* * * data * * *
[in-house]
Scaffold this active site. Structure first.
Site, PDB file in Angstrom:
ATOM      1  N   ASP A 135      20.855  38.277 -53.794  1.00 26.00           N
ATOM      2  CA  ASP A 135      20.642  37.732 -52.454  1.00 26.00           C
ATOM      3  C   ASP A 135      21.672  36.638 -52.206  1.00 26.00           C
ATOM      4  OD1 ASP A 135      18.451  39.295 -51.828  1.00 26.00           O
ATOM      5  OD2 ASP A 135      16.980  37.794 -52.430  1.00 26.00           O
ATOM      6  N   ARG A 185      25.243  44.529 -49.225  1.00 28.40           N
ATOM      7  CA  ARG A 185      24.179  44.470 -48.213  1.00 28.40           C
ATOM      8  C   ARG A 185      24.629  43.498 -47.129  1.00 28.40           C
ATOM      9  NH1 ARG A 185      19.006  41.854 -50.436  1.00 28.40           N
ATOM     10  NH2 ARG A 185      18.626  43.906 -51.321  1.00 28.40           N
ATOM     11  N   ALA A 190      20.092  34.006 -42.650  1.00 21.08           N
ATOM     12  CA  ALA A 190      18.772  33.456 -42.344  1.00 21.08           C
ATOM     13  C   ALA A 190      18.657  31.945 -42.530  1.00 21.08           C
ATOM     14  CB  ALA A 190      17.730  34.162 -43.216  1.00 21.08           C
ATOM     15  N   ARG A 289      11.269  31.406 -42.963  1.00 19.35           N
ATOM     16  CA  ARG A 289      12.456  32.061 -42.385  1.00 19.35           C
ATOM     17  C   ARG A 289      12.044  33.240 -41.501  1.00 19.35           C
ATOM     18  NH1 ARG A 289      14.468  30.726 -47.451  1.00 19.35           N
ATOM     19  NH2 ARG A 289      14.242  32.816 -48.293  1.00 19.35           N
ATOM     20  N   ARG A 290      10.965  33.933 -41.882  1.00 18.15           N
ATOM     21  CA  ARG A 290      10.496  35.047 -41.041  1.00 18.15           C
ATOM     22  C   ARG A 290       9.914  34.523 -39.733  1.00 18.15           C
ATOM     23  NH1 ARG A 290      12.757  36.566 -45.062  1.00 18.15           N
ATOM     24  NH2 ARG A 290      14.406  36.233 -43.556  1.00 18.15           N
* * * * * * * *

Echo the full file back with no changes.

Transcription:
[in-house]
Scaffold this active site. Structure first.
Site, PDB file in Angstrom:
ATOM      1  N   ASP A 135      20.855  38.277 -53.794  1.00 26.00           N
ATOM      2  CA  ASP A 135      20.642  37.732 -52.454  1.00 26.00           C
ATOM      3  C   ASP A 135      21.672  36.638 -52.206  1.00 26.00           C
ATOM      4  OD1 ASP A 135      18.451  39.295 -51.828  1.00 26.00           O
ATOM      5  OD2 ASP A 135      16.980  37.794 -52.430  1.00 26.00           O
ATOM      6  N   ARG A 185      25.243  44.529 -49.225  1.00 28.40           N
ATOM      7  CA  ARG A 185      24.179  44.470 -48.213  1.00 28.40           C
ATOM      8  C   ARG A 185      24.629  43.498 -47.129  1.00 28.40           C
ATOM      9  NH1 ARG A 185      19.006  41.854 -50.436  1.00 28.40           N
ATOM     10  NH2 ARG A 185      18.626  43.906 -51.321  1.00 28.40           N
ATOM     11  N   ALA A 190      20.092  34.006 -42.650  1.00 21.08           N
ATOM     12  CA  ALA A 190      18.772  33.456 -42.344  1.00 21.08           C
ATOM     13  C   ALA A 190      18.657  31.945 -42.530  1.00 21.08           C
ATOM     14  CB  ALA A 190      17.730  34.162 -43.216  1.00 21.08           C
ATOM     15  N   ARG A 289      11.269  31.406 -42.963  1.00 19.35           N
ATOM     16  CA  ARG A 289      12.456  32.061 -42.385  1.00 19.35           C
ATOM     17  C   ARG A 289      12.044  33.240 -41.501  1.00 19.35           C
ATOM     18  NH1 ARG A 289      14.468  30.726 -47.451  1.00 19.35           N
ATOM     19  NH2 ARG A 289      14.242  32.816 -48.293  1.00 19.35           N
ATOM     20  N   ARG A 290      10.965  33.933 -41.882  1.00 18.15           N
ATOM     21  CA  ARG A 290      10.496  35.047 -41.041  1.00 18.15           C
ATOM     22  C   ARG A 290       9.914  34.523 -39.733  1.00 18.15           C
ATOM     23  NH1 ARG A 290      12.757  36.566 -45.062  1.00 18.15           N
ATOM     24  NH2 ARG A 290      14.406  36.233 -43.556  1.00 18.15           N